U.S. Attorney General Jeff Sessions has announced that President Trump would be rescinding an unconstitutional Presidential Order granting amnesty to children of undocumented immigrants who are still living in the United States; the so called Deferred Action for Children Arrivals, or DACA.
My reaction, as an Hispanic?
Of course, I’m ecstatic that the President of the United States, with a swipe of his pen, undid what a former President did in a like manner, offensive to the Constitution of the United States. In the words of Attorney General Sessions, by this action the President has restored “constitutional order” to a process that was supposed to involve all people living in the United States, not just President Obama and his cronies.
But there’s a catch.
The President’s order has a six-month delay provision so that nothing can happen for half a year. This delay represents an absolutely brilliant move on President Trump’s part who, by all accounts, favors some continuation of DACA. Now, the President has effectively placed the burden of solving this colossal Obama-created societal problem squarely on Congress — where it belongs. Additionally, his action has struck a massive cord of outrage throughout America with one predominant theme: “Congress has got to do something!”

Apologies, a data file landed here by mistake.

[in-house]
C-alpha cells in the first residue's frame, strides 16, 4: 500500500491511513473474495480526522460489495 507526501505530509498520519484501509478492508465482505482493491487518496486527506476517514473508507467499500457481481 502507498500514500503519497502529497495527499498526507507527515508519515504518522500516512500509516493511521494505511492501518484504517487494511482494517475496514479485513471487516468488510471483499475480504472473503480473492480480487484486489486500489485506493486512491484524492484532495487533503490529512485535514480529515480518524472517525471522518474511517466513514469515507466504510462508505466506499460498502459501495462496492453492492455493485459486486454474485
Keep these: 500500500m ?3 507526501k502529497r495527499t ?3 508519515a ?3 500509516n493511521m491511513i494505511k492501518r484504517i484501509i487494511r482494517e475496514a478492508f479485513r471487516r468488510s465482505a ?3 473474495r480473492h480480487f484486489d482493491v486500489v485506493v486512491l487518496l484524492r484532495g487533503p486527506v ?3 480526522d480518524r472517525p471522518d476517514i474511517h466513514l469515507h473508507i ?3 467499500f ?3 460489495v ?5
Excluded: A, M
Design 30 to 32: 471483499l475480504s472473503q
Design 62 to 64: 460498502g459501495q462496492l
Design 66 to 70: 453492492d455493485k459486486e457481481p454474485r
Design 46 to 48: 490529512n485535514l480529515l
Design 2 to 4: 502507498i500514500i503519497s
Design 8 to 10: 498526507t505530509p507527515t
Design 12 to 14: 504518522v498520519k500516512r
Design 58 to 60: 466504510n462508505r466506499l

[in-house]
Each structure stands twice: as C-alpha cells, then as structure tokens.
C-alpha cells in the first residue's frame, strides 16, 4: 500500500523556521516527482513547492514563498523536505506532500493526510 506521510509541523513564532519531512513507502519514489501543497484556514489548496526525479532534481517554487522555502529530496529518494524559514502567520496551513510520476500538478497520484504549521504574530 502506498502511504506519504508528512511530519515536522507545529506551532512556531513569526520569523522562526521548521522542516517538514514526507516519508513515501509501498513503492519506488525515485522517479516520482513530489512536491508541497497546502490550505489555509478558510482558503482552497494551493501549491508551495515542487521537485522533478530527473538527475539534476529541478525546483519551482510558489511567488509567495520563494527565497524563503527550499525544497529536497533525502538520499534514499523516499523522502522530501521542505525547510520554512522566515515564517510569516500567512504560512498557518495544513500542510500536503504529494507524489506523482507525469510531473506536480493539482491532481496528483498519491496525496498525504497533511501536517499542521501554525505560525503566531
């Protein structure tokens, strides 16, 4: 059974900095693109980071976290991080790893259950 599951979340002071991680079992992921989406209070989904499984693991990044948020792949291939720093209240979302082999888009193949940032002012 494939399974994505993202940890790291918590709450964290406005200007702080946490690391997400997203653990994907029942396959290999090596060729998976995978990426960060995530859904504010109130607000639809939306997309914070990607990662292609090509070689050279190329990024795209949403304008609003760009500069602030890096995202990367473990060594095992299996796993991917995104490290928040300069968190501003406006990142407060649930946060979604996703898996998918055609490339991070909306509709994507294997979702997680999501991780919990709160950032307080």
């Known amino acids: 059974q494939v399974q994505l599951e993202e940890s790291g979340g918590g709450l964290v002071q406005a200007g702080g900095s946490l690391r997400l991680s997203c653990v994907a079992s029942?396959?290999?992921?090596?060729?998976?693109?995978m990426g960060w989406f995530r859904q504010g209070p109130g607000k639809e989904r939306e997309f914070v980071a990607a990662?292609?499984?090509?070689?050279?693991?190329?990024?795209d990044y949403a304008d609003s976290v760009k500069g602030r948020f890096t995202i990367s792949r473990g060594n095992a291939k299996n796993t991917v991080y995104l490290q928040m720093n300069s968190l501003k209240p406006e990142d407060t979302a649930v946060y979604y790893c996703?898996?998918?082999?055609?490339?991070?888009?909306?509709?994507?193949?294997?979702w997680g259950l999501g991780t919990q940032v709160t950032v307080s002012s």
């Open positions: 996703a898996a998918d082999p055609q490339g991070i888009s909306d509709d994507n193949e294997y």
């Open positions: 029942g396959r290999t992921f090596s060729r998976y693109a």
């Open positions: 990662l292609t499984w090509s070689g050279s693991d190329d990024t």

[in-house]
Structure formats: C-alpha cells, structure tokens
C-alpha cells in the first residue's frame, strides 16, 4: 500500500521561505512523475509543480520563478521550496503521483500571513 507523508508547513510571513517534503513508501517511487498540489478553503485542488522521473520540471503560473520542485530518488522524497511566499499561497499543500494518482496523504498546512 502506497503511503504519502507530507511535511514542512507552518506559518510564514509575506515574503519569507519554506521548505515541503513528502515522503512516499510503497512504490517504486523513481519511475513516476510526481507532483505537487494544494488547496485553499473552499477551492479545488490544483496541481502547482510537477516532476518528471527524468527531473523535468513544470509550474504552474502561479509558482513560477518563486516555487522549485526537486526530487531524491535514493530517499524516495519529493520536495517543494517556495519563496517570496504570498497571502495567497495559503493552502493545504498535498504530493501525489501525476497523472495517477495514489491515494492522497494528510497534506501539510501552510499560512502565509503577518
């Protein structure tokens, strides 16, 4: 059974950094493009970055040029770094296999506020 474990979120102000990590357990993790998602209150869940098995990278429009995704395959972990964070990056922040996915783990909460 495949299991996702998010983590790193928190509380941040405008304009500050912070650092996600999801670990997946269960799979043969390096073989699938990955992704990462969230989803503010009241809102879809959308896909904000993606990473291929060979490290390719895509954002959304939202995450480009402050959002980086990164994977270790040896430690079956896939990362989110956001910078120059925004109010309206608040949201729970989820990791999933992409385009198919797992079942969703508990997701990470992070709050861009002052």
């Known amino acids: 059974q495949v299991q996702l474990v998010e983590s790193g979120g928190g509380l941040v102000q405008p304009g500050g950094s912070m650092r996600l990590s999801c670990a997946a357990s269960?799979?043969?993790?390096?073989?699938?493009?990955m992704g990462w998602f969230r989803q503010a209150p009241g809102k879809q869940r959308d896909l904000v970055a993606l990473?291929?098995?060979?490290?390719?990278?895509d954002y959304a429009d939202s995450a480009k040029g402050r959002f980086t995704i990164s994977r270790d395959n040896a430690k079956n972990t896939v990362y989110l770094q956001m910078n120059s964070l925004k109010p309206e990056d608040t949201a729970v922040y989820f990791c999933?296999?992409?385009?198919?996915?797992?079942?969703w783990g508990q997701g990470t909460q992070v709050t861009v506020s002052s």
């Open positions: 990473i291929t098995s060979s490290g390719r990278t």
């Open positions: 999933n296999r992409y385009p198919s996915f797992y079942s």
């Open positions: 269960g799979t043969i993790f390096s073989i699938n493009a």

Americans are right.
Congress (and only Congress) must do something on this if anything is to be done, which is exactly what the Framers intended — not the president acting imperially.
One of the great weaknesses of our legislative process is the legislature’s inability to address problems that are not considered to be in crisis. This is why Congress never addressed a solution to health care until the Democrats took advantage of their numerical superiority and rammed theirsolution down America’s throat. It is also why Congress failed to repeal Obamacare and why they are now at the precipice of not passing a comprehensive reform package for our nation’s taxation system.
Well, now, President Trump has just unleashed a massive humanitarian, political crisis equipped with a time certain. Congress knows the magnitude of the problem. It know the raw humanity of it, and it knows the consequences of not acting. Yes, it is time for Congress to act, and woe to all incumbents obstruct the passage of a solution.
EDITORS NOTE: This column originally appeared in The Revolutionary Act. The feature image is an AP Photo by Alex Brandon.